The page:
> nonetheless. With a name like Hallerczyn, how could it not have been? My
> aunt who was born in 1919 (not in the osada) called our family
> I will never forget when our group moderator, Stefan, and I found eachother
> and began corresponding. This was pre-Kresy Group when we were trying to
> figure things out, and there weren't too many of us out there. Both Stefan's
> family and also my own were from other parts of Poland pre-World War I.
> Practically all of we Kresyites are from other areas of Poland originally, aren't we?.
> We were trying to figure out just what made our families move from Poland
> proper to the Kresy area. I said, "In the USA in pioneering times there was such
> a thing as 40 acres and a mule." This meant that settlers/pioneers who made
> it to the West USA, were awarded 40 acres and a mule. It was a contest and
> race actually, but we are talking Poland here and not the USA.
> Well, in actuality, this is what happened in Eastern Poland, Kresy. Some men
> were awarded land for their service in the Polish-Soviet War. Others
> purchased their land outright like Stefan's grandfather and my grandparents did.
> The osadi/settlements was the idea of Pilsudski, but the Eastern border of
> Poland was long, and I say now, practically, if not totally, indefensible. The
> osadniks were granted or bought their land and everything else was up to them.
> In other words, they were not assisted in any way, so they had to build
> everything and start from scratch as pioneers. Maybe they were given a couple of
> guns, but don't quote me on that. Some osadas performed military functions,
> i.e., sometimes the men would have a military presentation or parade on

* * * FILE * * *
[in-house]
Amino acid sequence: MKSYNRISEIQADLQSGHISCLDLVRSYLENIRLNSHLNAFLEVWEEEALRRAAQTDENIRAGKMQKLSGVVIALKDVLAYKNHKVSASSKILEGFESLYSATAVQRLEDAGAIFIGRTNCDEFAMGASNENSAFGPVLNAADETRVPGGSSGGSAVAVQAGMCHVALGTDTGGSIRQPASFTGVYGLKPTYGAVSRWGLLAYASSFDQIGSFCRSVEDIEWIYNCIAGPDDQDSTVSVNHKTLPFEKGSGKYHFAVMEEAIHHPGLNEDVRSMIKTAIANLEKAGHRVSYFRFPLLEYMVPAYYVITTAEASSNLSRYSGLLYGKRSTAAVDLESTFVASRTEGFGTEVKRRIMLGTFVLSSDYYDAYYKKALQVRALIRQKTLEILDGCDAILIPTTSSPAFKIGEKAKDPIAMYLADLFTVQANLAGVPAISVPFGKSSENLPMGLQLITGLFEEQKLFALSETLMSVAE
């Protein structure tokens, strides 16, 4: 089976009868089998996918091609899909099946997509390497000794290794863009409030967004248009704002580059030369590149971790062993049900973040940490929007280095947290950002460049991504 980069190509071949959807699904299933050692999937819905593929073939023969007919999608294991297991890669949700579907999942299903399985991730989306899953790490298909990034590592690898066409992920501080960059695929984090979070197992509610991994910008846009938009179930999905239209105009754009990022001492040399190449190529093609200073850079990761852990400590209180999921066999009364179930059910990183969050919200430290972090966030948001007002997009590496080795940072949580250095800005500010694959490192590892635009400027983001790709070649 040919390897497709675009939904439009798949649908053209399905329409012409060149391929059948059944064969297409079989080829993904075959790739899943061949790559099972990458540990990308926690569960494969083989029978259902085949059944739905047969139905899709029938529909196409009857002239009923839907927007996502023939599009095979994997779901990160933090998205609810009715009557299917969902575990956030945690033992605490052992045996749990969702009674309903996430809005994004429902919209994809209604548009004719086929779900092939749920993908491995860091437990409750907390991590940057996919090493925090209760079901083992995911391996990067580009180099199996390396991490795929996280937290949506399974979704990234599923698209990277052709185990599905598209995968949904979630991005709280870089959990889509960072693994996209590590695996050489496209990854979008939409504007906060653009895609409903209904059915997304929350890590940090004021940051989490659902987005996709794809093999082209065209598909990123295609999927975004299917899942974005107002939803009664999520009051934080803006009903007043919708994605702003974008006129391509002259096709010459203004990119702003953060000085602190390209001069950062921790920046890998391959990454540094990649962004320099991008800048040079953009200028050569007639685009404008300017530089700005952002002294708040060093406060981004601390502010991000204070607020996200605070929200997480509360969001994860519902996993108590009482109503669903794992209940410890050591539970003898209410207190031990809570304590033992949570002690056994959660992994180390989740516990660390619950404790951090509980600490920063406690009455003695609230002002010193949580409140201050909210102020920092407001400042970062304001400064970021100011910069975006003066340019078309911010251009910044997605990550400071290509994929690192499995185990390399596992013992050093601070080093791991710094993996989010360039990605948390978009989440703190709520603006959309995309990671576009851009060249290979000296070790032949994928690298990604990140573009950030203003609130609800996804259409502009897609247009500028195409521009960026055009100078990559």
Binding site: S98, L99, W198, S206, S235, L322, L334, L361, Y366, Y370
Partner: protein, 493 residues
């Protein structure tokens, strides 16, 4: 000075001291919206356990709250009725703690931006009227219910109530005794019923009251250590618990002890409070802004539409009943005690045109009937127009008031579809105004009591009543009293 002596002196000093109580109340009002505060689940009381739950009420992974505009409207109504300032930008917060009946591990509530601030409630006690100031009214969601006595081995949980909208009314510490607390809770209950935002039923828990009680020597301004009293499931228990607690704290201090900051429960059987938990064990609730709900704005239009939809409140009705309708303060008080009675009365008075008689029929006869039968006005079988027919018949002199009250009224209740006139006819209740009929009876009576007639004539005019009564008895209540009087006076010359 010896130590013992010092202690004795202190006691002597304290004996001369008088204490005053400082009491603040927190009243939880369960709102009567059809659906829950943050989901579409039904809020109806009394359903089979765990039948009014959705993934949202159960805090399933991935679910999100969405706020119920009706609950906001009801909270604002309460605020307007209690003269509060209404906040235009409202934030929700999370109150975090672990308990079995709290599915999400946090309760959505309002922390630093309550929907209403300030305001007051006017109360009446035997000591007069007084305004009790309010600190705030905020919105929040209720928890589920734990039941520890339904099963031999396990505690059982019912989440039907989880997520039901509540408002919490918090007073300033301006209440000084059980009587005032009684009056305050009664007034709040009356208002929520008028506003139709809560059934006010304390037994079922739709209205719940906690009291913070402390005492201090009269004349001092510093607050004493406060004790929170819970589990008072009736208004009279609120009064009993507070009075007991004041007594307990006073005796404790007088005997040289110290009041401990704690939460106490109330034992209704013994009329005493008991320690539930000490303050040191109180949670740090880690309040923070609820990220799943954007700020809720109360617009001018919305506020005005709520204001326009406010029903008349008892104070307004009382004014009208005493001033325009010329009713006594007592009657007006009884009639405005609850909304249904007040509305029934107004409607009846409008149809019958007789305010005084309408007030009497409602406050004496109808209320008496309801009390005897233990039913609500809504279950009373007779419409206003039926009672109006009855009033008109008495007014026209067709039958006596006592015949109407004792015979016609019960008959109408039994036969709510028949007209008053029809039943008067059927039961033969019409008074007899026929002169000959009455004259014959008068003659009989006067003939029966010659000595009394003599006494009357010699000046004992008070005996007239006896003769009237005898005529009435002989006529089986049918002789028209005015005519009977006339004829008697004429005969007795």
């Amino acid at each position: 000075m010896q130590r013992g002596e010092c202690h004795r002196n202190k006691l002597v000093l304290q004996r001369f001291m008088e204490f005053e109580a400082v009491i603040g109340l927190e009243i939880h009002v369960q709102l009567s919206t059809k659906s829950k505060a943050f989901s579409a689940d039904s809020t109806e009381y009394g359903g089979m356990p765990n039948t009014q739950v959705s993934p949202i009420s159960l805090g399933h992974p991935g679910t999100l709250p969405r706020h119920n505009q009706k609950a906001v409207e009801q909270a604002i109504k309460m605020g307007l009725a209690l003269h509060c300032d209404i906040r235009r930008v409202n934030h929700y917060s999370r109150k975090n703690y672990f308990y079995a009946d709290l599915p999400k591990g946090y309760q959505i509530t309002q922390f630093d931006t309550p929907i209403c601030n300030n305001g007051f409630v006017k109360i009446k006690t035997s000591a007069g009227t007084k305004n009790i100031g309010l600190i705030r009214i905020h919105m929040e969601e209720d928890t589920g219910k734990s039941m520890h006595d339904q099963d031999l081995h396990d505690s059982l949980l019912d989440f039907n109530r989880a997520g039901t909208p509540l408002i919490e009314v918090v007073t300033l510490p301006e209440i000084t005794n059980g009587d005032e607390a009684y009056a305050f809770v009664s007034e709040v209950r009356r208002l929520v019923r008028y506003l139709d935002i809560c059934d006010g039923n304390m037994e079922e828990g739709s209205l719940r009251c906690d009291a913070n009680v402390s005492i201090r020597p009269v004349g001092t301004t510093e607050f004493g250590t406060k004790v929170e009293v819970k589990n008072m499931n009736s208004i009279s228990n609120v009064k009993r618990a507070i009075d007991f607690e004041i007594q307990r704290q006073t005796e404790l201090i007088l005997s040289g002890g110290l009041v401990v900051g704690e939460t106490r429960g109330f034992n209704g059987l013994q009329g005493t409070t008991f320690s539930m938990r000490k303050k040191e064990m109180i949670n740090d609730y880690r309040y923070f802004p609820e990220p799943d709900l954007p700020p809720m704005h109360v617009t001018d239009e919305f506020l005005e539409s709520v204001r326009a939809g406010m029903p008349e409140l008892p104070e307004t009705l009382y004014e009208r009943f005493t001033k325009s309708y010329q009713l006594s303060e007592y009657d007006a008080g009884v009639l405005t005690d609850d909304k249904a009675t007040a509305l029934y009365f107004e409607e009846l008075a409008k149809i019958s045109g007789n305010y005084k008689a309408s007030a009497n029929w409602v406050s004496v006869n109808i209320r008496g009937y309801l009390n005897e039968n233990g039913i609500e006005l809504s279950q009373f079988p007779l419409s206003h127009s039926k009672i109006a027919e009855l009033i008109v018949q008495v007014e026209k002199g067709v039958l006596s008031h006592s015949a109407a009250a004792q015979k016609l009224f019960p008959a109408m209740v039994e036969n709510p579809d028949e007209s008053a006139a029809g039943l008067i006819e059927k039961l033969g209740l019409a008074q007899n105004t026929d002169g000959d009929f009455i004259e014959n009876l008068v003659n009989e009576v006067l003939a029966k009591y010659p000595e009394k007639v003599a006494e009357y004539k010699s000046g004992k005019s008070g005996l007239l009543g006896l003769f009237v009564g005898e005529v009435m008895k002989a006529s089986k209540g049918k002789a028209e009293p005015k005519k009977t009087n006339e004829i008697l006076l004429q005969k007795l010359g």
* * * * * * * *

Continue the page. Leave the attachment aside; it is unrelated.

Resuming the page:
> horseback, but I don't think the majority did this, and if so, it was not on a
> regular basis but only for special occasions.
> By the way, all osadi/settlements were smack on the border (or practically on
> the border) with the USSR. Their purpose was perhaps one of border protection
> and to try and spread the Polish way of life. As I wrote before though, this
> was really not done and could really not be done.
> Stefan's family, my family, Barb Kwietniowski's family, Wladek Gancarz and
> his family, and many others hailed from Tarnopol woj. (woj. is State in the US
> and province elsewhere). There is very small representation of the Southern
> woj. of Kresy: Tarnopol, Stanislawow, etc. in any discussion or mention of
> osada, but they were there! The osada usually, but not always, had patriotic
> names such as Hallerczyn. This was after Gen. Haller of World War I fame. Stefan
> and Barb's osada was called Warszawska after Warsaw, of course. Wladek's was
> called Rzeszowianka (this is wrong, but I know that Wladek's osada was named
> after the Polish city, Rzeszow).
> If your family lived in a place
> 1. that (USUALLY) had a patriotic-sounding name
> 2. that was on the Polish-Russian border or very close to the border
> chances are your family lived in an osada too. Michael Kulik wrote me a
> while ago and said that there were over 300 (200?) osada/settlements in Kresy?
> Eve Jankowicz
> PS Jan, you can email Veritas to find out the price of Stalin's Ethnic
> Cleansing. I thought the price of the book was included at the website, but I see
> that it is not. http://www.stalinsethniccleansing.com/
WebMail från Tele2 http://www.tele2.se